Author: Jan Bervar
Estimated read time: 10 minutes
At the beginning of one's Casino ("cuban salsa") dance journey people often ask about the difference of modern cuban dance music to other forms of "salsa". Experienced dancers quickly reply that you "just feel" that the music playing is Cuban (as opposed to, Puertorican, Colombian, etc.), which is not the most helpful of answers. This article tries to explain, in simplified terms, where that intuitive feeling comes from, from a dancer's perspective.
What is "salsa" anyway?
My favorite definition of salsa is that of a musical genre, born in the United States (New York) during the 1970s, from the roots of Cuban son music. Technically, we can describe a salsa song as:
- The rhythmic backbone of the song is the Son clave rhythm
- There is a specific set of instruments playing (congas, bongos, clave, timbales, maracas, guiro, bass, piano, trumpets, trombones)
- core rhytmic instruments are playing standardized patterns ("tumbaos" or "guajeos"), especially the conga drums and piano
- The song consists of two main parts - the cuerpo (body), where the initial lyrcs are exposed, follwed by the montuno (mountain, incline), where the intensity of song increases, melodic instruments perform their solos, and singing becomes a series of simple singer-choir exchanges
If music matching this description was and is still produced in Cuba, we can call it cuban salsa. If it is produced outside of Cuba, it is typically classified as salsa dura - the style faithful to the 1970-era Fania Records period, or salsa romantica, a more recent style mixed with pop structure and hooks.
Listen to two examples of modern salsa songs: one example of cuban salsa (by Havana D'Primera), and one Puerto Rican salsa dura (by El Gran Combo) here:
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Timba: diversity, virtuosity, aggression
The musical genre of timba emerged from the salsa and songo genres in the late 1980s, when Cuban musicians reacted to the downfall of the Soviet Union - and the resulting period of economic hardship in Cuba - with a musical revolution. They took the foundation of son, salsa, and songo genres, made them more dynamic, showing off their instrumental virtuosity, and integrating the rich legacy of Cuban musical history, most notably cuban rumba, into it.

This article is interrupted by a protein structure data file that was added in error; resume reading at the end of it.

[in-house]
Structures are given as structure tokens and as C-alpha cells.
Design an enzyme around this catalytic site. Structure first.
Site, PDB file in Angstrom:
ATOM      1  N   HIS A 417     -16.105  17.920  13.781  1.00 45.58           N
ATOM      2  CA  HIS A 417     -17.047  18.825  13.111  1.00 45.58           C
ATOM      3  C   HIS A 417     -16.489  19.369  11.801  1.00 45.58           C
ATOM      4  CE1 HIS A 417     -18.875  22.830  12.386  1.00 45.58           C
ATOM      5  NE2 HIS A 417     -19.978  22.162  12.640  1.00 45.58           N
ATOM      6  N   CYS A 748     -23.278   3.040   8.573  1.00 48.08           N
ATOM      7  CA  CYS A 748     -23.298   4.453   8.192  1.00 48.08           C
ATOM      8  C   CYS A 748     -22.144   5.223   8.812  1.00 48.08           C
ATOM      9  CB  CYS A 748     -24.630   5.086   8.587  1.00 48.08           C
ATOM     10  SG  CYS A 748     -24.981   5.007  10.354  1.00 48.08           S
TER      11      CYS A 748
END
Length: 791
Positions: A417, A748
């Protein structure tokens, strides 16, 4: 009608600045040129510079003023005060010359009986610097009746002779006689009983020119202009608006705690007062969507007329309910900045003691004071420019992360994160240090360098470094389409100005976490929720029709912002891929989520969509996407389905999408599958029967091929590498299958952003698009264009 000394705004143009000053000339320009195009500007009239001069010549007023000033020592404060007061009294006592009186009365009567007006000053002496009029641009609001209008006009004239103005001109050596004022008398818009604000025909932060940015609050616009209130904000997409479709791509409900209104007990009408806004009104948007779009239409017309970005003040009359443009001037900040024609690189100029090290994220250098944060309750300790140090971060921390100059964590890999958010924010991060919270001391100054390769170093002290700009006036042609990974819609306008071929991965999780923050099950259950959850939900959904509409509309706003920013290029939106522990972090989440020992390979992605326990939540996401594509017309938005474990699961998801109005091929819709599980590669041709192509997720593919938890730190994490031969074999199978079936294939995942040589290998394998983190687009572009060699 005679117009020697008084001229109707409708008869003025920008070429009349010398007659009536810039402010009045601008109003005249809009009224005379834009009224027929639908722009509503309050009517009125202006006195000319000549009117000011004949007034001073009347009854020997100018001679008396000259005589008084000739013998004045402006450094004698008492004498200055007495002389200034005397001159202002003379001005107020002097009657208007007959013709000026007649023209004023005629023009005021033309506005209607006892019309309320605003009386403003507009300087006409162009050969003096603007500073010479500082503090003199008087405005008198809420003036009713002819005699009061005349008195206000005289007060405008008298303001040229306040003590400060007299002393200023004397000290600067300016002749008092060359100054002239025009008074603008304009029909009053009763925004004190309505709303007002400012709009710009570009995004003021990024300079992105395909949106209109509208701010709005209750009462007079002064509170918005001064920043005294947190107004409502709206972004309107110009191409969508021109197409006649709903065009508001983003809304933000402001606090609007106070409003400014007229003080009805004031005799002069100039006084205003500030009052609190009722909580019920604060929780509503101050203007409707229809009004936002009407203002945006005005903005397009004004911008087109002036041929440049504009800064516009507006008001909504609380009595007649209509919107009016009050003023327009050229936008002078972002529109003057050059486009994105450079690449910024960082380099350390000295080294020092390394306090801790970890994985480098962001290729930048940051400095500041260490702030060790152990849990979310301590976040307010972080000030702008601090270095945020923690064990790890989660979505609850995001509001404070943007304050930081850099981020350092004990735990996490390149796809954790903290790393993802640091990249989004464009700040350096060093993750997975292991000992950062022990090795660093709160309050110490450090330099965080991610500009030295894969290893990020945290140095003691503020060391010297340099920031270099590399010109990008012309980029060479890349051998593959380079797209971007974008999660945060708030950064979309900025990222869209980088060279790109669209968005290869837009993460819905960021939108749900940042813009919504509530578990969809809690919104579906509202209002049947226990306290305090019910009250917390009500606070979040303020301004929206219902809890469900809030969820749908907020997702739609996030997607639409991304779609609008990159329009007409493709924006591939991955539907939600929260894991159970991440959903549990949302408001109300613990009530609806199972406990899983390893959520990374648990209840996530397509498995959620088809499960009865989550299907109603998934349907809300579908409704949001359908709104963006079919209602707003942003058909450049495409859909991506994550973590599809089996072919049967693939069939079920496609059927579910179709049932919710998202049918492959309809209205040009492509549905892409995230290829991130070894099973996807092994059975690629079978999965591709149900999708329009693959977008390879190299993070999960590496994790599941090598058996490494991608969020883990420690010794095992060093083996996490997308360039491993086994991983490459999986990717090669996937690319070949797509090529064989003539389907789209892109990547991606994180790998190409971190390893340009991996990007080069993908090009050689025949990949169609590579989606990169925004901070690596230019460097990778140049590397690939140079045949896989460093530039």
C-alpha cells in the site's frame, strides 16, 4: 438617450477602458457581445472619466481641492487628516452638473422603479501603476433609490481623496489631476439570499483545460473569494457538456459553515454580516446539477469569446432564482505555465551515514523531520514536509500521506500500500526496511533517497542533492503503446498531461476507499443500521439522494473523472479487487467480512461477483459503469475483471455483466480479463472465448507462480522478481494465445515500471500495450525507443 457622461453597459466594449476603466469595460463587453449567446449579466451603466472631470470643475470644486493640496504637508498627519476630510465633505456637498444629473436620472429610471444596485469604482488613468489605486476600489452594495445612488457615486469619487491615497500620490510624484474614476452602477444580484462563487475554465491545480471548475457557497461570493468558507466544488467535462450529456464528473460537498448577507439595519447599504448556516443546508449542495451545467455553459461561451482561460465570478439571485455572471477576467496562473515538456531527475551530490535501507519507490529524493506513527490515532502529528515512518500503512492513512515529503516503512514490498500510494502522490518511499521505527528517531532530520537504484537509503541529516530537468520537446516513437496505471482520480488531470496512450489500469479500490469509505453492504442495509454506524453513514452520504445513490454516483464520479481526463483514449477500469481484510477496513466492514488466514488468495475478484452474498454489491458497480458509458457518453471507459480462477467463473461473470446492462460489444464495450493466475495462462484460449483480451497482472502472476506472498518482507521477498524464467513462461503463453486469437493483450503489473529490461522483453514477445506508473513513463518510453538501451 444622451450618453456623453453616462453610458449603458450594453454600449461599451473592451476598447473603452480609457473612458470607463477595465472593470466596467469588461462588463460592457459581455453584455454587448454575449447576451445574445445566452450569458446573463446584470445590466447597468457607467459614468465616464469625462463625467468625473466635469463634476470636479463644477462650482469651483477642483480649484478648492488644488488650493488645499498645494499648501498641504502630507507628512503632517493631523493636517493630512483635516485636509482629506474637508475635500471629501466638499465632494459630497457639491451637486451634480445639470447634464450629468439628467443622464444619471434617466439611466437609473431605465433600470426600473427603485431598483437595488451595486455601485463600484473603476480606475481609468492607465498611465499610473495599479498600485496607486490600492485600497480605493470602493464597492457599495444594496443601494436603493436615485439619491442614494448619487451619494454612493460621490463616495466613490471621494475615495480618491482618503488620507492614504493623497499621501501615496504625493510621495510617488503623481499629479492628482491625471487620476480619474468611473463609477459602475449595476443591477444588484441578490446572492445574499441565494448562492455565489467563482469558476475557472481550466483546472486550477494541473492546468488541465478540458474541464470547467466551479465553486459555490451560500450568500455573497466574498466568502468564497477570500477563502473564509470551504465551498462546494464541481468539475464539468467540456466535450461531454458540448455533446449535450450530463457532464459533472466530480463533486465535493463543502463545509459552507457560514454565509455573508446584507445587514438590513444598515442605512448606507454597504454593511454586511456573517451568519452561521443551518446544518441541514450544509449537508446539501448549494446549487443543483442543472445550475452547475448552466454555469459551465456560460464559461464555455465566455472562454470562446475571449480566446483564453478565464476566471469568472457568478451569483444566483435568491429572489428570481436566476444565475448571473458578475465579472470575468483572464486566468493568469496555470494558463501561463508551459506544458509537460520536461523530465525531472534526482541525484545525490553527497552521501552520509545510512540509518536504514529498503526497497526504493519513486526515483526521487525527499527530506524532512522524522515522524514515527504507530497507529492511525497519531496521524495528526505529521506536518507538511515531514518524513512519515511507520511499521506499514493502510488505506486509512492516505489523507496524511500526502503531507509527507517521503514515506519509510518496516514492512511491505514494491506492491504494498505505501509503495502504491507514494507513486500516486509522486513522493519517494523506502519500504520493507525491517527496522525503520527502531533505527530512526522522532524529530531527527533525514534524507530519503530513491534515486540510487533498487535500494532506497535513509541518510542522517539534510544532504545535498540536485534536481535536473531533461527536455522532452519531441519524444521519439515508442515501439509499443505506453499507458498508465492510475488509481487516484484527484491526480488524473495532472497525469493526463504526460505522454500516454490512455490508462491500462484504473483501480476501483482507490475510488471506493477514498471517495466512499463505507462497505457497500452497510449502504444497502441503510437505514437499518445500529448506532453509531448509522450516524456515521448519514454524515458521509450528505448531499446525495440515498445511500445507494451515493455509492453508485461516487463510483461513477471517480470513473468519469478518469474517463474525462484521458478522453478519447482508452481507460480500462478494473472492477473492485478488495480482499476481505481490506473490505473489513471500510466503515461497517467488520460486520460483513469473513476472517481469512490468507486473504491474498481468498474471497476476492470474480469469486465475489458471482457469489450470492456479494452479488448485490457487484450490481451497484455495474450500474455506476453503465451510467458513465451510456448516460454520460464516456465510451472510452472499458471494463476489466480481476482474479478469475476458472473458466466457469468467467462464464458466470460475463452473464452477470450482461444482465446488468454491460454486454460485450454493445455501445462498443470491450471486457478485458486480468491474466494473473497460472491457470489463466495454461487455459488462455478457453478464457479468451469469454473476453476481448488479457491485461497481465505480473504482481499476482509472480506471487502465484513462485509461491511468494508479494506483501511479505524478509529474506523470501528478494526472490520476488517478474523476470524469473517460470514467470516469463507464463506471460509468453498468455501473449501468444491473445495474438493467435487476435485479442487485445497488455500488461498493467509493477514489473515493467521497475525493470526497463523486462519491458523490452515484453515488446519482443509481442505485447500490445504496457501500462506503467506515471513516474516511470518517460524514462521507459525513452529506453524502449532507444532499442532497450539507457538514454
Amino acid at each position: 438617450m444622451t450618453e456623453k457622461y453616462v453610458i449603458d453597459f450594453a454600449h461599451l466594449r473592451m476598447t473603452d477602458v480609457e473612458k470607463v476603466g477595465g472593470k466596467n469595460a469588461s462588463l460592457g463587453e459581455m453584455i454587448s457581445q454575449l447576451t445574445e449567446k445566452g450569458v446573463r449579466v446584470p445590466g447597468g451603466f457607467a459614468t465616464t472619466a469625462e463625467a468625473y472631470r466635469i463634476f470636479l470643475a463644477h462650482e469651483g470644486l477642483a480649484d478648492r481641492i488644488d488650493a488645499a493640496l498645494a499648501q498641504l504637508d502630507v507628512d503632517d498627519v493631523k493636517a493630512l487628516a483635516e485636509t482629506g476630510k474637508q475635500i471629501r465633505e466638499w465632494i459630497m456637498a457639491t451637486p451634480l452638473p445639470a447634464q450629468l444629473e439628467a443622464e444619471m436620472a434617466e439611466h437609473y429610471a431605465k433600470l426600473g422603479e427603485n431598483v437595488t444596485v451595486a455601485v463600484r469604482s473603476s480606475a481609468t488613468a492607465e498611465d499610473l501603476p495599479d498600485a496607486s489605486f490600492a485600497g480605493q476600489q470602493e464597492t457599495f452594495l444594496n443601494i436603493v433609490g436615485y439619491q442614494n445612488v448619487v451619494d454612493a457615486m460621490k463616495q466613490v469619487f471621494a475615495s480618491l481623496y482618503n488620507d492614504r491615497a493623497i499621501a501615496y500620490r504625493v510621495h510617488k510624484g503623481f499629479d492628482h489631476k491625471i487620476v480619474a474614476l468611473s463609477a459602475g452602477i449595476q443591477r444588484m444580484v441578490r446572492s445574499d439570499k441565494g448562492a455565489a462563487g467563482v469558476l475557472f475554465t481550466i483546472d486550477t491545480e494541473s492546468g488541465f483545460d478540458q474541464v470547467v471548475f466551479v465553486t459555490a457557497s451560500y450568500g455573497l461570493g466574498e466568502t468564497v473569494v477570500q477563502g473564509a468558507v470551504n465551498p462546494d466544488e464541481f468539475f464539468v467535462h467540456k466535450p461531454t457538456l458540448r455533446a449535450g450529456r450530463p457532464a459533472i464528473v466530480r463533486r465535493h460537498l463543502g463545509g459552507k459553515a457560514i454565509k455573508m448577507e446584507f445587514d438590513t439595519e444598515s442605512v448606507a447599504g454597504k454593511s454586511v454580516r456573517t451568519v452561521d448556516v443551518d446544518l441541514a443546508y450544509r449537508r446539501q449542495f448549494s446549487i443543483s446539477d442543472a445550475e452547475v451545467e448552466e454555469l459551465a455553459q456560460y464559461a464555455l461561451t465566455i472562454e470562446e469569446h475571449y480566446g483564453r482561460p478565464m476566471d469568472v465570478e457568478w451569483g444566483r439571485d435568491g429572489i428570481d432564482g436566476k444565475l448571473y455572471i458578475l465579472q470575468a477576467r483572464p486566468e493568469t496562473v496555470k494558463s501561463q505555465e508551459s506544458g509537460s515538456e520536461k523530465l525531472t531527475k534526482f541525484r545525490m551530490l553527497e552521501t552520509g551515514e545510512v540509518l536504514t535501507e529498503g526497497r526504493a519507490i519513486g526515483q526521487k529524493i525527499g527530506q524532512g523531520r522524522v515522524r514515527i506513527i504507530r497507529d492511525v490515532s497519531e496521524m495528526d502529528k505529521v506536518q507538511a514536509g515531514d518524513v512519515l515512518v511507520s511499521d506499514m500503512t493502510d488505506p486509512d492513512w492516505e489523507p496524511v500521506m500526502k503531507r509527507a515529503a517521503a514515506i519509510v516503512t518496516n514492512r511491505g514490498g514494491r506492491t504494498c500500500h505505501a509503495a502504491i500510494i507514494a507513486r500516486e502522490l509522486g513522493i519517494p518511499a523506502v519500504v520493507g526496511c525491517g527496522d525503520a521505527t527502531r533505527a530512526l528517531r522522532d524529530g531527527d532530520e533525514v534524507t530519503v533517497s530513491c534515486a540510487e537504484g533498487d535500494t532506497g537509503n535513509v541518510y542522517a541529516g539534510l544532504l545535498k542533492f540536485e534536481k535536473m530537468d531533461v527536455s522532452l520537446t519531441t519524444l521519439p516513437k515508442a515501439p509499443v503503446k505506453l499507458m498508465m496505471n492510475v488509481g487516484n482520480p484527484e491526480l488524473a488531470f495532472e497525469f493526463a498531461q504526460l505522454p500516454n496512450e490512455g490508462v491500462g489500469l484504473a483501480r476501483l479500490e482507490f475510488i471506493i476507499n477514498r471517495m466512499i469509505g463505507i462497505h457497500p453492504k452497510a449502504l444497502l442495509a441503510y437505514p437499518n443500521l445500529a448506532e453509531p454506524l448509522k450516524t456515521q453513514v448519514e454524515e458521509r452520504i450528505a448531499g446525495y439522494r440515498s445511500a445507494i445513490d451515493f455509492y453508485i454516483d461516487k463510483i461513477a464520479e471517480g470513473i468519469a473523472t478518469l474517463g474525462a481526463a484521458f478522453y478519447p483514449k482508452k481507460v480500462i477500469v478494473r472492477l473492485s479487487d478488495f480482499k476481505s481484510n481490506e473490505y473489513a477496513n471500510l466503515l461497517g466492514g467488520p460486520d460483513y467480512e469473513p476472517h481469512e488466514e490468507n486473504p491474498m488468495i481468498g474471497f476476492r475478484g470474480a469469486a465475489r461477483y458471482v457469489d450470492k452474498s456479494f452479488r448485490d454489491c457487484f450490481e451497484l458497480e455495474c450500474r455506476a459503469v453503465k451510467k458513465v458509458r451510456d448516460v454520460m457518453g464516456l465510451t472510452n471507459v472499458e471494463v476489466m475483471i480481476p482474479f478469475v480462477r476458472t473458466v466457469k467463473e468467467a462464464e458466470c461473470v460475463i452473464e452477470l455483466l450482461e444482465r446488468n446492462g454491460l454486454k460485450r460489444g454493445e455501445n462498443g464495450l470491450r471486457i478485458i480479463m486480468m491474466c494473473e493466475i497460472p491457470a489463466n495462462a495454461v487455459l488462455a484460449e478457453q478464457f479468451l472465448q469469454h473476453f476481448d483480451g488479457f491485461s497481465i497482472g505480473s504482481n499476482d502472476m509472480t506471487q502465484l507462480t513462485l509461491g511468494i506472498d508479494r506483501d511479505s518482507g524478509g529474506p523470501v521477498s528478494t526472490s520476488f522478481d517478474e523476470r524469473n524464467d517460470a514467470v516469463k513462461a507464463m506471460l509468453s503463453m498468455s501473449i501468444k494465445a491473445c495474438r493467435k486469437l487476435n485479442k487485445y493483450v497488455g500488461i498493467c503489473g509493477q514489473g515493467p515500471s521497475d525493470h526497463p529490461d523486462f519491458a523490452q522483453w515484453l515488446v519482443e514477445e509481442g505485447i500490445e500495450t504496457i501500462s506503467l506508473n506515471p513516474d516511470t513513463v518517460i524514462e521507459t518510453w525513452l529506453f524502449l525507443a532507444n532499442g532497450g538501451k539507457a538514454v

We can describe a timba song as follows (from the most, to the least obvious or general):
- The song is no longer only a cuerpo/montuno affair, but has many segments (typically called "gears", like in a car) with which it controls its energy: the most characteristic of timba is a gear called PRESION (literally, "pressure"), where, by eliminating specific instruments - typically bass and congas - the song paradoxically emotionally explodes and demands a change in dancing.
- Instruments are no longer playing standard patterns; instead, musicians show off and invent new, funkier, and often song-specific rhytmic patterns, which makes timba rhythms more complex and harder to dance to for beginners, compared to salsa.
- The rhythmic backbone of the song is often the rumba clave rhythm.
- New instruments are added to the typical salsa set, most notably rock drums and the electric guitar.
Enough of theory, let's see how timba sounds like :)
Ese Soy Yo by Rene Alvarez y su Cuban Combination
Mi Musica by Alexander Abreu and Havana D'Primera
Mi Musica, a timba anthem, has as many as 5 presion parts: 1:59-2:10, 2:58-3:11, 3:40-4:02, 4:30-4:52, and 5:10-5:33
A very nice, if mechanic, example of the difference between the instrumental patterns in salsa and timba is at 8:35 in this video, which shows how the same song would be approached by a salsa and a timba band.
Cubans still produce salsa songs, as witnessed by the first musical example in this article, therefore all Casino is not danced exclusively to timba music. Another popular modern development is the crossover between timba and reggaeton, which is best represented by the music of Los 4: songs in rumba clave, with metales (trumpets and trombones), but essentially a reggaeton beat and lyrics on top.